Turns out reading from the HID interrupt channel the right way is a bit more challenging than I expected. Unfortunately there's no Bluetooth equivalent of the continuous reader for USB pipes in WDF so you've to implement that thing yourself. There are reference implementations available but they're so "ripped apart" and all over the place I'll instead try to write it from scratch to better understand what's happening. Maybe I get somewhere today, we'll see 🎖

There we go 😎

2019/02/10-17:52:51.880	TRACE_LEVEL_VERBOSE	BthPS3_PDO_EvtWdfIoQueueIoInternalDeviceControl Entry
2019/02/10-17:52:51.880	TRACE_LEVEL_VERBOSE	BthPS3_EvtWdfIoQueueIoInternalDeviceControl Entry
2019/02/10-17:52:51.880	TRACE_LEVEL_VERBOSE	bufferLength: 50
2019/02/10-17:52:51.885	TRACE_LEVEL_VERBOSE	brb->BufferSize: 50, brb->RemainingBufferSize: 0
2019/02/10-17:52:51.885	TRACE_LEVEL_INFORMATION	A1 01 00 00 00 00 00 7A 81 80 7D 00 00 00 00 00 00 00 00 00 00 00 00 00 00 00 00 00 00 00 03 05 16 FF CD 00 01 33 00 77 00 40 01 FA 01 ED 01 91 00 05 
2019/02/10-17:52:51.885	TRACE_LEVEL_VERBOSE	BthPS3_PDO_EvtWdfIoQueueIoInternalDeviceControl Exit

What threw me off for quite a few hours was the weird behavior of the RemainingBufferSize member of the _BRB_L2CA_ACL_TRANSFER structure, which was increasing fast to values way higher than the buffer I supplied could hold. Turns out this field is not talking about the Buffer member the caller supplies but the internal buffer of the Bluetooth host which tells you how many bytes have already come in from the remote device and are available to be read by further calls with that same BRB. I don't think the reference code I had a peek at did take that into account as this value was subtracted from BufferSize which could lead to a negative value resulting in 💥

Now that that's sorted out off to cleaning up this mess and looking for leaking memory 😇

Going the extra mile today: testing the PS Move Navigation controller 😈 Connection established:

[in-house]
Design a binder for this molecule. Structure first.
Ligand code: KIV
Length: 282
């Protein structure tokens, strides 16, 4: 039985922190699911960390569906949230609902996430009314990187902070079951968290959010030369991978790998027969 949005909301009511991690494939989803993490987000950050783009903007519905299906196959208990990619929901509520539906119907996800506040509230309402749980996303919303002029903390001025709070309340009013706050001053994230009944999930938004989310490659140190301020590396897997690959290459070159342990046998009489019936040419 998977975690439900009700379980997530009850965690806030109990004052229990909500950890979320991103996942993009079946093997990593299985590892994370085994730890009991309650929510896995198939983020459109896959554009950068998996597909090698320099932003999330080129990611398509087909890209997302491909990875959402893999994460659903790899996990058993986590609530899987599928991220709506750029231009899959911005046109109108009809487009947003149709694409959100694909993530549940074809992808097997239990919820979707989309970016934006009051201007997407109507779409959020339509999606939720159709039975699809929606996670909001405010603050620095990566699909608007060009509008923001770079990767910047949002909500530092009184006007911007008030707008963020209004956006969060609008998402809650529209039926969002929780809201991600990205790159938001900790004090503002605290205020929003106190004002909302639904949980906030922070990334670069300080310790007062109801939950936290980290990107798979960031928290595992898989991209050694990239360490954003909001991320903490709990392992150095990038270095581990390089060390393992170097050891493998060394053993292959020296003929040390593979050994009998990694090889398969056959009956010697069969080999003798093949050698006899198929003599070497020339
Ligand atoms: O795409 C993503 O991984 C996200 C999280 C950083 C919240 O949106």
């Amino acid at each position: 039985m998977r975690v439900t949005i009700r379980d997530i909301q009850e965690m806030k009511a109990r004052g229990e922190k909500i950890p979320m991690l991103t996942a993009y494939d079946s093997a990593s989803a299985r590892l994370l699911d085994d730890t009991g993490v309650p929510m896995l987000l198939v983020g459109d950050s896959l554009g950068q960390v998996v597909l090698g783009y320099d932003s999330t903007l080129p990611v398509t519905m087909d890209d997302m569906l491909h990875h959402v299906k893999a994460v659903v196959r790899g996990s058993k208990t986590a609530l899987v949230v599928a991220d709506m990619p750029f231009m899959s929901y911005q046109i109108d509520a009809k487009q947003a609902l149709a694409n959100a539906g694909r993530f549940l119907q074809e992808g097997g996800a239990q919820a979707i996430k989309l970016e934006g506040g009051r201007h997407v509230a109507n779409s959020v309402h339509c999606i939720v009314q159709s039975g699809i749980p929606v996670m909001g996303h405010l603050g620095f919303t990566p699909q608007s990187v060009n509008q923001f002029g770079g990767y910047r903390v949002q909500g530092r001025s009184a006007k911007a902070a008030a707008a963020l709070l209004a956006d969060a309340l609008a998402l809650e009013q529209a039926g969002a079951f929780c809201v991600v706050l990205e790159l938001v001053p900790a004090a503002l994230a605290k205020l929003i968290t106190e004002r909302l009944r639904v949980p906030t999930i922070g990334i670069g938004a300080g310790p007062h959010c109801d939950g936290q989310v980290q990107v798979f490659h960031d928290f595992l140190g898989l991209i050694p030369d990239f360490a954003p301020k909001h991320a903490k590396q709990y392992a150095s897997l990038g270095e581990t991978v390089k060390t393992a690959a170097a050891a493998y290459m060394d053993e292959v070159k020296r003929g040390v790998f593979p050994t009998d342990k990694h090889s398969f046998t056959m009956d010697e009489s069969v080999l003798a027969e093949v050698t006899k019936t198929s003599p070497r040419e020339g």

2019/02/10-18:32:19.445	TRACE_LEVEL_VERBOSE	BthPS3IndicationCallback Entry
2019/02/10-18:32:19.445	TRACE_LEVEL_INFORMATION	New connection for PSM 0x5053 from 70401E341 arrived
2019/02/10-18:32:19.445	TRACE_LEVEL_VERBOSE	L2CAP_PS3_HandleRemoteConnect Entry
2019/02/10-18:32:19.446	TRACE_LEVEL_ERROR	BTHPS3_GET_DEVICE_NAME failed with status STATUS_INVALID_PARAMETER (0xC000000D), dropping connection
2019/02/10-18:32:19.446	TRACE_LEVEL_VERBOSE	L2CAP_PS3_DenyRemoteConnect Entry
2019/02/10-18:32:19.446	TRACE_LEVEL_VERBOSE	L2CAP_PS3_DenyRemoteConnectCompleted Entry (STATUS_SUCCESS (0x00000000))
2019/02/10-18:32:19.446	TRACE_LEVEL_VERBOSE	L2CAP_PS3_DenyRemoteConnectCompleted Exit
2019/02/10-18:32:19.446	TRACE_LEVEL_VERBOSE	L2CAP_PS3_DenyRemoteConnect Exit
2019/02/10-18:32:19.446	TRACE_LEVEL_VERBOSE	BthPS3IndicationCallback Exit
2019/02/10-18:32:20.247	TRACE_LEVEL_VERBOSE	BthPS3IndicationCallback Entry
2019/02/10-18:32:20.247	TRACE_LEVEL_INFORMATION	New connection for PSM 0x5053 from 70401E341 arrived
2019/02/10-18:32:20.247	TRACE_LEVEL_VERBOSE	L2CAP_PS3_HandleRemoteConnect Entry
2019/02/10-18:32:20.247	TRACE_LEVEL_INFORMATION	++ Device 70401E341 name: Navigation Controller
2019/02/10-18:32:20.247	TRACE_LEVEL_VERBOSE	L2CAP_PS3_HandleRemoteConnect Exit (STATUS_SUCCESS (0x00000000))
2019/02/10-18:32:20.247	TRACE_LEVEL_VERBOSE	BthPS3IndicationCallback Exit
2019/02/10-18:32:20.247	TRACE_LEVEL_VERBOSE	L2CAP_PS3_ConnectionIndicationCallback Entry (Indication: 0x0, Context: 0xFFFFFA80074DE0C0)
2019/02/10-18:32:20.247	TRACE_LEVEL_VERBOSE	L2CAP_PS3_ConnectionIndicationCallback Exit
2019/02/10-18:32:20.497	TRACE_LEVEL_VERBOSE	L2CAP_PS3_ControlConnectResponseCompleted Entry
2019/02/10-18:32:20.497	TRACE_LEVEL_INFORMATION	Connection completion, status: STATUS_SUCCESS (0x00000000)
2019/02/10-18:32:20.497	TRACE_LEVEL_INFORMATION	HID Control Channel connection established
2019/02/10-18:32:20.497	TRACE_LEVEL_VERBOSE	L2CAP_PS3_ControlConnectResponseCompleted Exit
2019/02/10-18:32:20.689	TRACE_LEVEL_VERBOSE	BthPS3IndicationCallback Entry
2019/02/10-18:32:20.689	TRACE_LEVEL_INFORMATION	New connection for PSM 0x5055 from 70401E341 arrived
2019/02/10-18:32:20.689	TRACE_LEVEL_VERBOSE	L2CAP_PS3_HandleRemoteConnect Entry
2019/02/10-18:32:20.689	TRACE_LEVEL_INFORMATION	++ Device 70401E341 name: Navigation Controller
2019/02/10-18:32:20.689	TRACE_LEVEL_VERBOSE	++ Found desired connection item in connection list
2019/02/10-18:32:20.689	TRACE_LEVEL_VERBOSE	L2CAP_PS3_HandleRemoteConnect Exit (STATUS_SUCCESS (0x00000000))
2019/02/10-18:32:20.689	TRACE_LEVEL_VERBOSE	BthPS3IndicationCallback Exit
2019/02/10-18:32:20.689	TRACE_LEVEL_VERBOSE	L2CAP_PS3_ConnectionIndicationCallback Entry (Indication: 0x0, Context: 0xFFFFFA80074DE0C0)
2019/02/10-18:32:20.689	TRACE_LEVEL_VERBOSE	L2CAP_PS3_ConnectionIndicationCallback Exit